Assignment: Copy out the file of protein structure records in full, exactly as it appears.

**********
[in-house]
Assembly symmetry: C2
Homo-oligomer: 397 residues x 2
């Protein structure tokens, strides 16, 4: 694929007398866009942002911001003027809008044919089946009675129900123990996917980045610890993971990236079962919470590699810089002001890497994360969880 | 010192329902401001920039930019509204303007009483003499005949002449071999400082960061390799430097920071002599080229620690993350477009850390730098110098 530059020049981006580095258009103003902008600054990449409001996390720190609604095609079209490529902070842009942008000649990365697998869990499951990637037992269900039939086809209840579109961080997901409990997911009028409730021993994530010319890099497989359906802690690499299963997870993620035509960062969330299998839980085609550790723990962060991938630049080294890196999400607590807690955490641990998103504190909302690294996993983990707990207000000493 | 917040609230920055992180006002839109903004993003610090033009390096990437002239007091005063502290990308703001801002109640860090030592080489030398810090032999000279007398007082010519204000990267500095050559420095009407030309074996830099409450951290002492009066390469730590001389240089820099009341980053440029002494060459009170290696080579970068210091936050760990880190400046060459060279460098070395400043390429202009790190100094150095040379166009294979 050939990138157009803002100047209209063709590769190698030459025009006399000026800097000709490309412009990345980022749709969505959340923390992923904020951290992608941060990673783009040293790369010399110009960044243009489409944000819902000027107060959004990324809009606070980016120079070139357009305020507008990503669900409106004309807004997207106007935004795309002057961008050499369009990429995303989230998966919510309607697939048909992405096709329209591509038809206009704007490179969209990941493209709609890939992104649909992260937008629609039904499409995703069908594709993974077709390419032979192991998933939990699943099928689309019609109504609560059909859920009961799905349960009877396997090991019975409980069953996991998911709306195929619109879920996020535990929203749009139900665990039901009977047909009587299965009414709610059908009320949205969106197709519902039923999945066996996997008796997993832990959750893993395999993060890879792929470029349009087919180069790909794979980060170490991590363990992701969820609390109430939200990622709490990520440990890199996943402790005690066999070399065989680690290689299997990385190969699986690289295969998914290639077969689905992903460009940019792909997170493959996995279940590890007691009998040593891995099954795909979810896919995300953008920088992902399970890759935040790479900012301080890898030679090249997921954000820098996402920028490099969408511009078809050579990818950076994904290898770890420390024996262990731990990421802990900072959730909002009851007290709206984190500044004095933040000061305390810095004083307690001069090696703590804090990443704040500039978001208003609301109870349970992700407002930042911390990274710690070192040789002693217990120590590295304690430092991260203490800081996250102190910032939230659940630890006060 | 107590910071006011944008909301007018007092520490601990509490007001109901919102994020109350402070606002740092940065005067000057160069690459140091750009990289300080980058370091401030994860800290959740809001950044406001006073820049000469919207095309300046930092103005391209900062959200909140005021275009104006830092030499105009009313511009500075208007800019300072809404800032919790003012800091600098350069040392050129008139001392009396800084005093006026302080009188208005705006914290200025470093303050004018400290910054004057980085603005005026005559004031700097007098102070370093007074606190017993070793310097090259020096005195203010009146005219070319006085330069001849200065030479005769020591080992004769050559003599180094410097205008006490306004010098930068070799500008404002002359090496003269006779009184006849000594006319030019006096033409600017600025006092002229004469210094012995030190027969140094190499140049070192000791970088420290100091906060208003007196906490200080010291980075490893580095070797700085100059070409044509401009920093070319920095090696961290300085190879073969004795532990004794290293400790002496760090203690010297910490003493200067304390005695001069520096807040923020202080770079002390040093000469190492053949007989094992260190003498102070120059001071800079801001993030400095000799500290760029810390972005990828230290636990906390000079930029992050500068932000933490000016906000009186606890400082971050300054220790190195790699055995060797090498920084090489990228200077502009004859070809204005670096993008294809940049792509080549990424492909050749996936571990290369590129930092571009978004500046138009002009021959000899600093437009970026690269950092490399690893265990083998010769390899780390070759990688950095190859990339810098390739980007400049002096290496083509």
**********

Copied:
[in-house]
Assembly symmetry: C2
Homo-oligomer: 397 residues x 2
């Protein structure tokens, strides 16, 4: 694929007398866009942002911001003027809008044919089946009675129900123990996917980045610890993971990236079962919470590699810089002001890497994360969880 | 010192329902401001920039930019509204303007009483003499005949002449071999400082960061390799430097920071002599080229620690993350477009850390730098110098 530059020049981006580095258009103003902008600054990449409001996390720190609604095609079209490529902070842009942008000649990365697998869990499951990637037992269900039939086809209840579109961080997901409990997911009028409730021993994530010319890099497989359906802690690499299963997870993620035509960062969330299998839980085609550790723990962060991938630049080294890196999400607590807690955490641990998103504190909302690294996993983990707990207000000493 | 917040609230920055992180006002839109903004993003610090033009390096990437002239007091005063502290990308703001801002109640860090030592080489030398810090032999000279007398007082010519204000990267500095050559420095009407030309074996830099409450951290002492009066390469730590001389240089820099009341980053440029002494060459009170290696080579970068210091936050760990880190400046060459060279460098070395400043390429202009790190100094150095040379166009294979 050939990138157009803002100047209209063709590769190698030459025009006399000026800097000709490309412009990345980022749709969505959340923390992923904020951290992608941060990673783009040293790369010399110009960044243009489409944000819902000027107060959004990324809009606070980016120079070139357009305020507008990503669900409106004309807004997207106007935004795309002057961008050499369009990429995303989230998966919510309607697939048909992405096709329209591509038809206009704007490179969209990941493209709609890939992104649909992260937008629609039904499409995703069908594709993974077709390419032979192991998933939990699943099928689309019609109504609560059909859920009961799905349960009877396997090991019975409980069953996991998911709306195929619109879920996020535990929203749009139900665990039901009977047909009587299965009414709610059908009320949205969106197709519902039923999945066996996997008796997993832990959750893993395999993060890879792929470029349009087919180069790909794979980060170490991590363990992701969820609390109430939200990622709490990520440990890199996943402790005690066999070399065989680690290689299997990385190969699986690289295969998914290639077969689905992903460009940019792909997170493959996995279940590890007691009998040593891995099954795909979810896919995300953008920088992902399970890759935040790479900012301080890898030679090249997921954000820098996402920028490099969408511009078809050579990818950076994904290898770890420390024996262990731990990421802990900072959730909002009851007290709206984190500044004095933040000061305390810095004083307690001069090696703590804090990443704040500039978001208003609301109870349970992700407002930042911390990274710690070192040789002693217990120590590295304690430092991260203490800081996250102190910032939230659940630890006060 | 107590910071006011944008909301007018007092520490601990509490007001109901919102994020109350402070606002740092940065005067000057160069690459140091750009990289300080980058370091401030994860800290959740809001950044406001006073820049000469919207095309300046930092103005391209900062959200909140005021275009104006830092030499105009009313511009500075208007800019300072809404800032919790003012800091600098350069040392050129008139001392009396800084005093006026302080009188208005705006914290200025470093303050004018400290910054004057980085603005005026005559004031700097007098102070370093007074606190017993070793310097090259020096005195203010009146005219070319006085330069001849200065030479005769020591080992004769050559003599180094410097205008006490306004010098930068070799500008404002002359090496003269006779009184006849000594006319030019006096033409600017600025006092002229004469210094012995030190027969140094190499140049070192000791970088420290100091906060208003007196906490200080010291980075490893580095070797700085100059070409044509401009920093070319920095090696961290300085190879073969004795532990004794290293400790002496760090203690010297910490003493200067304390005695001069520096807040923020202080770079002390040093000469190492053949007989094992260190003498102070120059001071800079801001993030400095000799500290760029810390972005990828230290636990906390000079930029992050500068932000933490000016906000009186606890400082971050300054220790190195790699055995060797090498920084090489990228200077502009004859070809204005670096993008294809940049792509080549990424492909050749996936571990290369590129930092571009978004500046138009002009021959000899600093437009970026690269950092490399690893265990083998010769390899780390070759990688950095190859990339810098390739980007400049002096290496083509």